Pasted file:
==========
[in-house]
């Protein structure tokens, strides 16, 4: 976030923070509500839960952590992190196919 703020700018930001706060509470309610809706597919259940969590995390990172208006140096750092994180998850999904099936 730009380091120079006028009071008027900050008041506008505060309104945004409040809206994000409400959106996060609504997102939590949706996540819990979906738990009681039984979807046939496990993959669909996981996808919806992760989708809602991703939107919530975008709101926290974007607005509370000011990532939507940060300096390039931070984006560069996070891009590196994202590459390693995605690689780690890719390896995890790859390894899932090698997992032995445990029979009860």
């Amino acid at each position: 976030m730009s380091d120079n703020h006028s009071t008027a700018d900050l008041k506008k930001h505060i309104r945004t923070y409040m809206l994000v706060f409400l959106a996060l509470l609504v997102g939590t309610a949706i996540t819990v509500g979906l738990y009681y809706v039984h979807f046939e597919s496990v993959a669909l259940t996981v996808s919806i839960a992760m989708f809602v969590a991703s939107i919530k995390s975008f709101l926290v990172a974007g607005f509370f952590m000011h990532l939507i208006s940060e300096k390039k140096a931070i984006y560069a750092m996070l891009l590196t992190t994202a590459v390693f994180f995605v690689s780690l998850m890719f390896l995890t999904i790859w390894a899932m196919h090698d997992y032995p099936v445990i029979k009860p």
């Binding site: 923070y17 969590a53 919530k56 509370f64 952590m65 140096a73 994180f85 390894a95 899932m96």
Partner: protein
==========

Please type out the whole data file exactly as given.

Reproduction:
[in-house]
């Protein structure tokens, strides 16, 4: 976030923070509500839960952590992190196919 703020700018930001706060509470309610809706597919259940969590995390990172208006140096750092994180998850999904099936 730009380091120079006028009071008027900050008041506008505060309104945004409040809206994000409400959106996060609504997102939590949706996540819990979906738990009681039984979807046939496990993959669909996981996808919806992760989708809602991703939107919530975008709101926290974007607005509370000011990532939507940060300096390039931070984006560069996070891009590196994202590459390693995605690689780690890719390896995890790859390894899932090698997992032995445990029979009860």
């Amino acid at each position: 976030m730009s380091d120079n703020h006028s009071t008027a700018d900050l008041k506008k930001h505060i309104r945004t923070y409040m809206l994000v706060f409400l959106a996060l509470l609504v997102g939590t309610a949706i996540t819990v509500g979906l738990y009681y809706v039984h979807f046939e597919s496990v993959a669909l259940t996981v996808s919806i839960a992760m989708f809602v969590a991703s939107i919530k995390s975008f709101l926290v990172a974007g607005f509370f952590m000011h990532l939507i208006s940060e300096k390039k140096a931070i984006y560069a750092m996070l891009l590196t992190t994202a590459v390693f994180f995605v690689s780690l998850m890719f390896l995890t999904i790859w390894a899932m196919h090698d997992y032995p099936v445990i029979k009860p």
């Binding site: 923070y17 969590a53 919530k56 509370f64 952590m65 140096a73 994180f85 390894a95 899932m96």
Partner: protein